• By Vivien Williams

Mayo Clinic goes off-label to treat severe bleeding disorder

April 26, 2019

For people with a rare bleeding disorder called "hereditary hemorrhagic telangiectasia," or HHT, simple issues such as a nosebleed can be life-threatening. The disease has no cure. But Dr. Vivek Iyer, a Mayo Clinic pulmonary and critical care physician, found that a drug commonly used for cancer can stop the bleeding and restore quality of life.

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When you watch Neeta Pai volunteering at a hospital gift shop, you'd never guess that not long ago, she almost died from a debilitating bleeding disease.

"I like to do charity work. It brings me a lot of joy," Pai says.

Her first symptom was a severe nosebleed.

"My nosebleeds were so severe. It would be just gushing like you would turn on the tap," Pai says.

They happened constantly and for no reason. Neeta would faint from blood loss.

"Any minor things would make my nose bleed. If I pinched my nose hard, the blood would go up into my ears, up in my head, and, of course, down the throat to the stomach. And my mouth was full of blood. Nobody could stop it," Pai says.

For years, she suffered, with no answers to her questions of why.

"Oh, they were terrible. I had no life. Absolutely no life," Pai says.

The nosebleeds worsened, and after one extreme episode, Neeta went into cardiac arrest. Her heart stopped.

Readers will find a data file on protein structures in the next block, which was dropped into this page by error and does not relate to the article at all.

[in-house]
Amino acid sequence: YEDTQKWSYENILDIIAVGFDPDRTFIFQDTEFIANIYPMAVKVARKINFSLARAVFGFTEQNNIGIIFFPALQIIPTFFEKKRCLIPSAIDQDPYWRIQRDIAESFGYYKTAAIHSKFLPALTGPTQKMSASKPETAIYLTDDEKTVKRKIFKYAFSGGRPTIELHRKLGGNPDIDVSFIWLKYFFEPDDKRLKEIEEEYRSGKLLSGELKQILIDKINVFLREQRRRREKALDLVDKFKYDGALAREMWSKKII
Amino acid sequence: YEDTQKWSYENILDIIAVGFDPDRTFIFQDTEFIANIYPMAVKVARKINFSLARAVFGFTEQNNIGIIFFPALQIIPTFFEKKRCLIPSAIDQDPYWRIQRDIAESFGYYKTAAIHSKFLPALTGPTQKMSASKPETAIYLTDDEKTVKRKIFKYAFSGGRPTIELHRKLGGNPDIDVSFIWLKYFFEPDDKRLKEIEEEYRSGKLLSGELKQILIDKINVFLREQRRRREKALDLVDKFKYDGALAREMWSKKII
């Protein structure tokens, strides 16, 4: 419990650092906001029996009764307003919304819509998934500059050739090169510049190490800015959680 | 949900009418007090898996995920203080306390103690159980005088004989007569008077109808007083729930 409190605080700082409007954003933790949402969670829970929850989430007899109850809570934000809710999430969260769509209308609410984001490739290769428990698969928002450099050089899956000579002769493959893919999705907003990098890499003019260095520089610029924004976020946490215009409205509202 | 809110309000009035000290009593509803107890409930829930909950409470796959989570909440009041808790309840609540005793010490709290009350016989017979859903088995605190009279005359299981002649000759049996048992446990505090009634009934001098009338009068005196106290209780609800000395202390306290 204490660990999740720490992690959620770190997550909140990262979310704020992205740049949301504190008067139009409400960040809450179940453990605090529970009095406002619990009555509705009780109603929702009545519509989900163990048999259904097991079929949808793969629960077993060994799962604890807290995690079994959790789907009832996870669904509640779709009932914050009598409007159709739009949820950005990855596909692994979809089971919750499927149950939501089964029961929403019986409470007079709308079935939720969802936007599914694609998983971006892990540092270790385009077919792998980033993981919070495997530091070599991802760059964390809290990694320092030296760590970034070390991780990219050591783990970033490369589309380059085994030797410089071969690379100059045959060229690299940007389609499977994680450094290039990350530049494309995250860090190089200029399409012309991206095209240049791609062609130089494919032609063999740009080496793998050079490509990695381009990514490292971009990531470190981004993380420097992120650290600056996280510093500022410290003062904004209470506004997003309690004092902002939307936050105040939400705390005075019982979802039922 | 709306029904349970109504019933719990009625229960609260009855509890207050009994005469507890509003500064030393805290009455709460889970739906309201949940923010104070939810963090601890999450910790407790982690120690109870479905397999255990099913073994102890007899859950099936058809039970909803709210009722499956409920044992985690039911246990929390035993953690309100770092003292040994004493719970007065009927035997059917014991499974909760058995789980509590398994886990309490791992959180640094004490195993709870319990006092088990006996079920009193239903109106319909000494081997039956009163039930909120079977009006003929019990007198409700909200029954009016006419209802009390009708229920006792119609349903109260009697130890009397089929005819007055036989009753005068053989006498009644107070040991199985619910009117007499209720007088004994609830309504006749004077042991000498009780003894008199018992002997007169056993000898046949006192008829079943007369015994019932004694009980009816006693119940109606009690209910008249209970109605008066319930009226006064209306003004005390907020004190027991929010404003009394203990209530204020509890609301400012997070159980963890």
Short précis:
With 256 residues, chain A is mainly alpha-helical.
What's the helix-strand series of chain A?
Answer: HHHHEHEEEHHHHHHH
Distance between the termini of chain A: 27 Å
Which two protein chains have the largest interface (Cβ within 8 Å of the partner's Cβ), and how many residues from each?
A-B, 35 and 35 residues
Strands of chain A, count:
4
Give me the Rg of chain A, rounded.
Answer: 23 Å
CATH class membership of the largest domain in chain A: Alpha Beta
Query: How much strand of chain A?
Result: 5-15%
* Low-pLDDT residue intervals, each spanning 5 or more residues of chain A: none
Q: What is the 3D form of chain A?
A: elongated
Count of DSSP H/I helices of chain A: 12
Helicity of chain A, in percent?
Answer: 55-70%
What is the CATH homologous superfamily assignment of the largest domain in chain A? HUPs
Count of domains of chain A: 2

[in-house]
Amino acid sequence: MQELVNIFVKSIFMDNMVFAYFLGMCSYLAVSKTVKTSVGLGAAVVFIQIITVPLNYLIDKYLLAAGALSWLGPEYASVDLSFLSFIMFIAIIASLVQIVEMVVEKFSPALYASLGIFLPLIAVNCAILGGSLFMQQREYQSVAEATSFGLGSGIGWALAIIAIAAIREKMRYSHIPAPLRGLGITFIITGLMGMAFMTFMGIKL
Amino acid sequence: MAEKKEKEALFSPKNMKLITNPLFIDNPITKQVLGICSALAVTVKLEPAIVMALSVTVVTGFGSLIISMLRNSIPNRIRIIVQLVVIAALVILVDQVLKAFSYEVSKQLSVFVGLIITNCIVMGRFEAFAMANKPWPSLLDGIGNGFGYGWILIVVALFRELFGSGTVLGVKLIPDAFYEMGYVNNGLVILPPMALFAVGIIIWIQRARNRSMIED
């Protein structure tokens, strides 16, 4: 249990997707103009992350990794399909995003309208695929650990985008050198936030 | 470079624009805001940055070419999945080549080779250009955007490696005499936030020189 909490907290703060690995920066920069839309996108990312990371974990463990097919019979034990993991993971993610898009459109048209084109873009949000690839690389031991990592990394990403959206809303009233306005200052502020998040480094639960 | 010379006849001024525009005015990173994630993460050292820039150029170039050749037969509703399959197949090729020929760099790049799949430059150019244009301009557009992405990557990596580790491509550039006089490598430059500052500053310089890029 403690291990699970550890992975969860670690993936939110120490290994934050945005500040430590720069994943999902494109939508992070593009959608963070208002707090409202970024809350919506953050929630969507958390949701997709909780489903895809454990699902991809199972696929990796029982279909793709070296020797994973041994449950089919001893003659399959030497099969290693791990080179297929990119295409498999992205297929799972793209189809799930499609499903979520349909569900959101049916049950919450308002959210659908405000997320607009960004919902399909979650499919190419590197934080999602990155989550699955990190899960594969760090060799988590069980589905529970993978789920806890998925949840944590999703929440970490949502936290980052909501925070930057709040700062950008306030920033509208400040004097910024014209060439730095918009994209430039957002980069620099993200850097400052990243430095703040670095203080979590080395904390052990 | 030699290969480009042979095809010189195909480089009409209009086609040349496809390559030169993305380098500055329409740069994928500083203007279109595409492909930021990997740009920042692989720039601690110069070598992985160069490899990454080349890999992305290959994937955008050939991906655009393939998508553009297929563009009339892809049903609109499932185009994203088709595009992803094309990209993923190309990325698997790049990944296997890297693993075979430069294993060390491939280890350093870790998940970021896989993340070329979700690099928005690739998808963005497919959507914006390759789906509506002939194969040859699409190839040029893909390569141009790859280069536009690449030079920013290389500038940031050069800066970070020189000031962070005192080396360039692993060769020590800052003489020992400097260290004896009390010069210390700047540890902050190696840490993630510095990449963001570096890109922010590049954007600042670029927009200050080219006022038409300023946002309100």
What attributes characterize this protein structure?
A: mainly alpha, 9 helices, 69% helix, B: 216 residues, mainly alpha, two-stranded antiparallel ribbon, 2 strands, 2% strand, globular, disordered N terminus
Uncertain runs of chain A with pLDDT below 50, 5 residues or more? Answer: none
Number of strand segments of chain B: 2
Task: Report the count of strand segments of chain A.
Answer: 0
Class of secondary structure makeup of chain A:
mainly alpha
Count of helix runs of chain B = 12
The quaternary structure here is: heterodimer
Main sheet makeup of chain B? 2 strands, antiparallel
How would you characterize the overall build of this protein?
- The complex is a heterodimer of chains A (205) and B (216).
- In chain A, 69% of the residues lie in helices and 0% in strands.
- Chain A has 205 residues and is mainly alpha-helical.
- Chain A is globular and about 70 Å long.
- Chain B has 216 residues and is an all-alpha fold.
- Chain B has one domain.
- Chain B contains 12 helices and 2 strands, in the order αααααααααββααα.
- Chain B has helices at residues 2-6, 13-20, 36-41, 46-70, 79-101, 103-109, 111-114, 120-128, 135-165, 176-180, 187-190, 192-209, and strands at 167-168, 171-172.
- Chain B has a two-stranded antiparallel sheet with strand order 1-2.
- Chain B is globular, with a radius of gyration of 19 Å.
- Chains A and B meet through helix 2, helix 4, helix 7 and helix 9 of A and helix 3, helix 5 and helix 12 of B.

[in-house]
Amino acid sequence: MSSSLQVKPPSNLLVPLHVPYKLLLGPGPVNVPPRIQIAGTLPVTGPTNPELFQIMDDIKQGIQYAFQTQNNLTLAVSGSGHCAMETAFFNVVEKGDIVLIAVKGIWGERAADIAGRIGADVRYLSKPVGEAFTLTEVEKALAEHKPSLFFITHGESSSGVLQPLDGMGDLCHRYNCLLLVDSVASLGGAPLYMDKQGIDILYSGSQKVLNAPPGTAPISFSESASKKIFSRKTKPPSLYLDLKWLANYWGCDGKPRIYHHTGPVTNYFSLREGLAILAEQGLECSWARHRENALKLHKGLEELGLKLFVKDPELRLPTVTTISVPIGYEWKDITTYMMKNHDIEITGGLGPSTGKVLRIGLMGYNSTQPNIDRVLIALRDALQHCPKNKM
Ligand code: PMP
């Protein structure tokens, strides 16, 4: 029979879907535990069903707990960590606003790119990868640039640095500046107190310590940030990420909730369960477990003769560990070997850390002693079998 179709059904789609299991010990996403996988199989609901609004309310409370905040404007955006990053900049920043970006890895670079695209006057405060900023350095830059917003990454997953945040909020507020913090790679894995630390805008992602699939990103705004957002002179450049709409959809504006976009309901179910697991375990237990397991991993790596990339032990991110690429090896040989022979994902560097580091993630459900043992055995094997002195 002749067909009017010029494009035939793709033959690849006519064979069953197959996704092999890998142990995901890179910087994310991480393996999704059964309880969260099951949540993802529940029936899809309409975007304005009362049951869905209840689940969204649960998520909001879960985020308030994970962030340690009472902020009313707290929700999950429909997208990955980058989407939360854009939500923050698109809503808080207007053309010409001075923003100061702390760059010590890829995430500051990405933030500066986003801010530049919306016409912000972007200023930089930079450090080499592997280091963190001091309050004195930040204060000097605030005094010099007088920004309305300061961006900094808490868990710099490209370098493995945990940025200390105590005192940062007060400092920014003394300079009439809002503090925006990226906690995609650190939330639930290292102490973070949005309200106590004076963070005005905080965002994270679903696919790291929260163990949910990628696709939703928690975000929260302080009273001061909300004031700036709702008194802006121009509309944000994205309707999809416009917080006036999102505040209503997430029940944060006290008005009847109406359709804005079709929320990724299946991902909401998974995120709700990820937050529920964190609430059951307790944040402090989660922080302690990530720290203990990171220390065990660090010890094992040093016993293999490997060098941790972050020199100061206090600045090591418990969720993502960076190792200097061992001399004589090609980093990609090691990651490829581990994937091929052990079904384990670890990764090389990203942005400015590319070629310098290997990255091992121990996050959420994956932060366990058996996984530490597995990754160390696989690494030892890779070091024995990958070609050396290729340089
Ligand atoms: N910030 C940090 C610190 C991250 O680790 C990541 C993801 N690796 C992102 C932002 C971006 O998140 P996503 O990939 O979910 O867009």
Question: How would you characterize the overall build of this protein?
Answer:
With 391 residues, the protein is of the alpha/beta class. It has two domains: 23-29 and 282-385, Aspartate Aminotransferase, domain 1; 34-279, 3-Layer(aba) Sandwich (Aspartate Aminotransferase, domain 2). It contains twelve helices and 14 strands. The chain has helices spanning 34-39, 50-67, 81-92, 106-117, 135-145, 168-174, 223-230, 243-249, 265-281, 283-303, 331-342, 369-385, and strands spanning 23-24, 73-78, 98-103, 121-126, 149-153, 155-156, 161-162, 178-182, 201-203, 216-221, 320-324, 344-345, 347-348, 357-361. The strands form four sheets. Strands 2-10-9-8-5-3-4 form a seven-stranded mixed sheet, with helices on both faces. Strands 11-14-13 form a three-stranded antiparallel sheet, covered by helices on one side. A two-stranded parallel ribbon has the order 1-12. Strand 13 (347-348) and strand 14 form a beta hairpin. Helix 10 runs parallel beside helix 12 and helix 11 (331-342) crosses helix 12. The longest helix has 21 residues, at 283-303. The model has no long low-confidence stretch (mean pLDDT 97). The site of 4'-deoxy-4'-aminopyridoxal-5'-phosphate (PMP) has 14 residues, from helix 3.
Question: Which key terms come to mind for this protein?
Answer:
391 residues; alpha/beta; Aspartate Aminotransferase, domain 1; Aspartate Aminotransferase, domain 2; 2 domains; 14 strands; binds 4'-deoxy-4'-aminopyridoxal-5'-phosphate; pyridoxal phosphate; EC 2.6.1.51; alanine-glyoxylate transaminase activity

"After that experience, I didn't want to live."

Hope came to Neeta when she met Dr. Iyer at Mayo Clinic. He diagnosed her with HHT.

"HHT stands for hereditary hemorrhagic telangiectasia," Dr. Iyer says.

People with the disorder develop tufts or tangles in their blood vessels.

"It basically affects blood vessels in almost every part of the body, and the most major areas of concern are the brain, the lungs, the nose, and the intestines and the liver," Dr. Iyer says.

And these tangles tend to bleed spontaneously. In fact, Dr. Iyer and his colleagues found that bleeding is the most important reason for hospitalization among HHT patients in the U.S. Dr. Iyer says frequent nosebleeds in these patients reduce quality of life and can be life-threatening.

"They can be catastrophic and can lead to death or severe disability," Dr. Iyer says.

But Dr. Iyer and his team have used a medication to help stop the bleeding. It's called bevacizumab (Avastin) — a cancer drug that prevents tumors from growing new blood vessels.  

"We took that idea from the cancer world … and it has worked out really, really well," Dr. Iyer says.

Dr. Iyer tested the drug in a study, and results show it can be life-changing for patients like Neeta. It's administered via infusion. Neeta says the medication has saved her.

"Since then, I have had no bleeds. It's given me my life back," Pai says.

Neeta pays it forward with her volunteer work, and she appreciates every single moment.

"I'm so full of gratitude. I count my blessings every day."

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